I’ve been home from the race for two days. Mom was admitted to the hospital this morning. She’s not well. It’s not good. As I pack up to head over to the hospital for the umpteenth time this afternoon, I take with me new gifts of GO. From my Heather, the ability to laugh through this; from Marie the excitement of working things out; from Christine the ability to steadily put one foot in front of the other to get to tomorrow; from Linsey the wisdom to walk, not run the toughest of hills; from Jane the subtle ability to stay-the-course even on the windy road; from Van 2, that lying under the stars can inspire; and from my dear @la_gringa the reminder to put my shoulders back (or in, as the case might be) and keep GOing.Read More
My mom was in a wheelchair when I was a kid. She’s all good now, but a few childhood things remain. One, having a mom in a wheelchair gets you to the front of every line at Disneyland. Two, wheelchair races are not for sissies; and three, the closer you get to the holidays, the harder it is to navigate stores. As you know, wheelchair-bound or not, shopping displays. life-size Santas and hoards of merchandise racks are a bitch to work around.
My Mall Police badge of honor started in 2003 when my twins were born. I’d gone to the mall and realized in horror that I couldn’t get through aisles in stores I normally could navigate with my double-wide Twin Savvy Stroller (or any of the other six strollers I had at the time). I walked into a store in San Jose and literally could not get to the items I wanted to see. As I pulled my stroller backwards to wiggle my way in, I noticed a wheelchair-bound woman trying to shop in the aisle. Eventually she gave up and left the store. In a rage, so did I.
That night I looked up the size of double-wide strollers online. It just happens to be the same width size as the American with Disabilities Act standards. So, in essence, my stroller was exactly the same size as a wheelchair. The wheels were turning. In theory, I thought, I could stalk every store in the mall and report the ones that were not compliant with wheelchair regulations. The more I thought about it, the more ticked-off I got: if it were my mother in a wheelchair and she couldn’t go Christmas shopping because she literally could not get down the aisle… the image outraged me. I decided that I would become the self-proclaimed Mall Police.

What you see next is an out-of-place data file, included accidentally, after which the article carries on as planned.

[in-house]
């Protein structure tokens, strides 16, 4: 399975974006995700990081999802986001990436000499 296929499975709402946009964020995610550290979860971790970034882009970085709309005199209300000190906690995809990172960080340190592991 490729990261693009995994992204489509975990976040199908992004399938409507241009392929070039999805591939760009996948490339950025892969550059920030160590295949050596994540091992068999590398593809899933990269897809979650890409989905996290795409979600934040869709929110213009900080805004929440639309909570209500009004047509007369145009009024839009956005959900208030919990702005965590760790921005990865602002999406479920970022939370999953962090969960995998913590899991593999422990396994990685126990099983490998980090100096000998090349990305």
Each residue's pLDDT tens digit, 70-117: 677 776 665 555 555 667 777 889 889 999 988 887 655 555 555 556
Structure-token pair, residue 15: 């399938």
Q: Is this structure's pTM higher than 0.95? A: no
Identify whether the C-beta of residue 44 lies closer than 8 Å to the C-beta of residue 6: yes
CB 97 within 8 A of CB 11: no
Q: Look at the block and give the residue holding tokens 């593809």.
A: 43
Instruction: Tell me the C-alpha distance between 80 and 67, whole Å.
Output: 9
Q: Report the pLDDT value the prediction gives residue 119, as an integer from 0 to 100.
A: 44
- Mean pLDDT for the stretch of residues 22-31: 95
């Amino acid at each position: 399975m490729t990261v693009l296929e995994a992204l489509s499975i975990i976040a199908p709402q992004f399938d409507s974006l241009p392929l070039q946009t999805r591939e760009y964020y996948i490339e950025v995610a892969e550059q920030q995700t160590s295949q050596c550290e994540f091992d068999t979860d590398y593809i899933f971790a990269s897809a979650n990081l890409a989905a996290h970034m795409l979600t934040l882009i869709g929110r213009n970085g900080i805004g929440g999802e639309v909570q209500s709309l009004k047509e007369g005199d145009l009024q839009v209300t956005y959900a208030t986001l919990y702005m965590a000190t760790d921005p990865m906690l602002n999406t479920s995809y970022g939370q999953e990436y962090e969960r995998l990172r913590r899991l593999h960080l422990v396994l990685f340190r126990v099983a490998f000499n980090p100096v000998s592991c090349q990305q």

The next morning I headed out to Wesfield’s Valley Fair Mall in San Jose. I was armed with a notepad, a digital camera and my stroller (yes, the kids were in the stroller). I went up and down, traipsing myself through the mall, only stopping at Nordstrom (mild violations only) to breastfeed the kidlets. At every store where I could not get my stroller down the aisle, I would ask for a manager. I would tell them that my stroller was the exact width of a wheelchair and that they were in violation of the law (and of potentially buyers). Then I marched myself down to customer service where I reported each store. To Westfield’s credit, the mall management called me the following day. He had spoken to each store and warned them he’d call the County if they did not comply immediately. Got to give the guy credit for listening to a mom-on-the-warpath.
The following year, I noticed the same thing. And again, the Mall Police put on her badge and hit the mall with an agenda. This time I noticed retailers were more sensitive to the problem and more engaged in finding solutions. Leaving one store, I overheard the store manager tell a worker, “Move the rack, she’s right.” I smiled. Eat my stroller dust.
I am right. There are 2.1 million wheelchair users in the US and my mama was one of them. And every single one of them deserves 36 inches to get their chair around a store. In fact, there’s more. Many of our cute stores in San Jose are massive issues for people in a chair. Campbell, cute as can be, has multiple stores that are losing revenue every day from people who can’t get through the front door, muchless shop inside the stores.
Six years later, I’m still the Mall Police during the holidays. My children, long out of strollers, help me each year, pointing out the clearance violations. Indeed, it’s such a random, strange way to give to my community, but for me, it’s a passion. It’s a need. The holiday season is here and I plan to hit the stores tomorrow. Look out.Read More
“Reloj’ is a damn sad song. It’s a bit of a family song, though. As memory serves, this was my grandmother’s wedding song, which, funnily enough, has some of the saddest lyrics I’ve ever heard:
Clock, don’t mark the hours, because I’m going to go crazy when she leaves forever at dawn. We only have tonight for our love and the tick-tock of the clock only reminds me of this pain…
At Gecko Grill the other night, we danced and sang and wiggled our non-Cha-Cha butts to “Reloj” as though it were “La Bamba” Kids, aunt, uncle, parents, even La Gringa got her dance-on. But why this song? My grandmother had a painful life, but I when I hear this song, I think of how truly extraordinary her life was and how much of her still lives on in all of us.
…you get the picture. The most tragic song for a blessed and tragic life. We danced the other night under the stars, family all around and I smiled up to the sky, giving a wink. Time didn’t stop, abuelita, it went on, and so did your spirit.Read More
Love you, abuelita. Miss you.